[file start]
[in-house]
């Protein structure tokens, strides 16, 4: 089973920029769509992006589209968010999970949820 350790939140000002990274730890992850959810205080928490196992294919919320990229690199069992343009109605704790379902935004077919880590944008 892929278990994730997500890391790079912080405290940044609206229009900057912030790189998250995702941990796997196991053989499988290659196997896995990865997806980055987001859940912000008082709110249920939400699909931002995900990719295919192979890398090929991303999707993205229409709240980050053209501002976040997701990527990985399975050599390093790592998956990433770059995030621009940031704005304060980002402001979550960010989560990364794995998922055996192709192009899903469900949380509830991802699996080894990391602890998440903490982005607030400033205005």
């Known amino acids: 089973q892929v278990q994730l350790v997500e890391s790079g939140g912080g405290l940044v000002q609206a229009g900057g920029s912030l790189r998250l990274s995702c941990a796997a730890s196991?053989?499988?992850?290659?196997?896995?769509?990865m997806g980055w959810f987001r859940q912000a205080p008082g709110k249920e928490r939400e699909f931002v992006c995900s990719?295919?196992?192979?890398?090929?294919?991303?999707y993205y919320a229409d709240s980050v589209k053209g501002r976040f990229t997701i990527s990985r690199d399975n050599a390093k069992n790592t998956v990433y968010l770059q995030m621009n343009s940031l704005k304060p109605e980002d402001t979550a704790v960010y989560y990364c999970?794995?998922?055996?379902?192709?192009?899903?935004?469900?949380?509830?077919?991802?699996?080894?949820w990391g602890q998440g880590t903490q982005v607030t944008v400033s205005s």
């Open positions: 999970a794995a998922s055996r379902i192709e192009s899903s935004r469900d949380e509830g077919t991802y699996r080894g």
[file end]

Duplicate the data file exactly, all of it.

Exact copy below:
[in-house]
């Protein structure tokens, strides 16, 4: 089973920029769509992006589209968010999970949820 350790939140000002990274730890992850959810205080928490196992294919919320990229690199069992343009109605704790379902935004077919880590944008 892929278990994730997500890391790079912080405290940044609206229009900057912030790189998250995702941990796997196991053989499988290659196997896995990865997806980055987001859940912000008082709110249920939400699909931002995900990719295919192979890398090929991303999707993205229409709240980050053209501002976040997701990527990985399975050599390093790592998956990433770059995030621009940031704005304060980002402001979550960010989560990364794995998922055996192709192009899903469900949380509830991802699996080894990391602890998440903490982005607030400033205005």
């Known amino acids: 089973q892929v278990q994730l350790v997500e890391s790079g939140g912080g405290l940044v000002q609206a229009g900057g920029s912030l790189r998250l990274s995702c941990a796997a730890s196991?053989?499988?992850?290659?196997?896995?769509?990865m997806g980055w959810f987001r859940q912000a205080p008082g709110k249920e928490r939400e699909f931002v992006c995900s990719?295919?196992?192979?890398?090929?294919?991303?999707y993205y919320a229409d709240s980050v589209k053209g501002r976040f990229t997701i990527s990985r690199d399975n050599a390093k069992n790592t998956v990433y968010l770059q995030m621009n343009s940031l704005k304060p109605e980002d402001t979550a704790v960010y989560y990364c999970?794995?998922?055996?379902?192709?192009?899903?935004?469900?949380?509830?077919?991802?699996?080894?949820w990391g602890q998440g880590t903490q982005v607030t944008v400033s205005s």
């Open positions: 999970a794995a998922s055996r379902i192709e192009s899903s935004r469900d949380e509830g077919t991802y699996r080894g």